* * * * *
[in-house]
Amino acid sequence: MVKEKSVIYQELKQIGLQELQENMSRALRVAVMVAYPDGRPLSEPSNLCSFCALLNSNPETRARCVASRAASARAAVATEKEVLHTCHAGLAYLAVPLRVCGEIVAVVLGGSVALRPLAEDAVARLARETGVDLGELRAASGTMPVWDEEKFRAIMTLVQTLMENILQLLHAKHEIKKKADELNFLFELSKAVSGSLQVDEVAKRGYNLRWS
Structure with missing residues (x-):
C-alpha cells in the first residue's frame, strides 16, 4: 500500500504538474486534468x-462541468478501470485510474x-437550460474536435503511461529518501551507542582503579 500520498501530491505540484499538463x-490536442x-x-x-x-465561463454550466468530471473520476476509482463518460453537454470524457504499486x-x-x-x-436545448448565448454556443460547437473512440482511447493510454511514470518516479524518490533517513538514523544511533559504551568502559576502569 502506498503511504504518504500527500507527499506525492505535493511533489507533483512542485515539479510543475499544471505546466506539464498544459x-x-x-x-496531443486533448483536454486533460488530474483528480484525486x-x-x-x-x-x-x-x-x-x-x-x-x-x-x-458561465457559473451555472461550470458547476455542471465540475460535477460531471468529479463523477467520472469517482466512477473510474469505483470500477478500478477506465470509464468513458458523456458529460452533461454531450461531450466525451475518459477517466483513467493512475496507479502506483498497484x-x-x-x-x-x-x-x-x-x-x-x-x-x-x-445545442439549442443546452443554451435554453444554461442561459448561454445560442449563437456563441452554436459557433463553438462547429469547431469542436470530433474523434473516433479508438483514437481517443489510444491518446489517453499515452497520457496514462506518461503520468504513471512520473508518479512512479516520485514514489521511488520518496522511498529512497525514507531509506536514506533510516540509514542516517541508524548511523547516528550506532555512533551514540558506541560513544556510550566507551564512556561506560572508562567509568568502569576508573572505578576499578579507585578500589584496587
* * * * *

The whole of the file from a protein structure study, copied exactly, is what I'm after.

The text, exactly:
[in-house]
Amino acid sequence: MVKEKSVIYQELKQIGLQELQENMSRALRVAVMVAYPDGRPLSEPSNLCSFCALLNSNPETRARCVASRAASARAAVATEKEVLHTCHAGLAYLAVPLRVCGEIVAVVLGGSVALRPLAEDAVARLARETGVDLGELRAASGTMPVWDEEKFRAIMTLVQTLMENILQLLHAKHEIKKKADELNFLFELSKAVSGSLQVDEVAKRGYNLRWS
Structure with missing residues (x-):
C-alpha cells in the first residue's frame, strides 16, 4: 500500500504538474486534468x-462541468478501470485510474x-437550460474536435503511461529518501551507542582503579 500520498501530491505540484499538463x-490536442x-x-x-x-465561463454550466468530471473520476476509482463518460453537454470524457504499486x-x-x-x-436545448448565448454556443460547437473512440482511447493510454511514470518516479524518490533517513538514523544511533559504551568502559576502569 502506498503511504504518504500527500507527499506525492505535493511533489507533483512542485515539479510543475499544471505546466506539464498544459x-x-x-x-496531443486533448483536454486533460488530474483528480484525486x-x-x-x-x-x-x-x-x-x-x-x-x-x-x-458561465457559473451555472461550470458547476455542471465540475460535477460531471468529479463523477467520472469517482466512477473510474469505483470500477478500478477506465470509464468513458458523456458529460452533461454531450461531450466525451475518459477517466483513467493512475496507479502506483498497484x-x-x-x-x-x-x-x-x-x-x-x-x-x-x-445545442439549442443546452443554451435554453444554461442561459448561454445560442449563437456563441452554436459557433463553438462547429469547431469542436470530433474523434473516433479508438483514437481517443489510444491518446489517453499515452497520457496514462506518461503520468504513471512520473508518479512512479516520485514514489521511488520518496522511498529512497525514507531509506536514506533510516540509514542516517541508524548511523547516528550506532555512533551514540558506541560513544556510550566507551564512556561506560572508562567509568568502569576508573572505578576499578579507585578500589584496587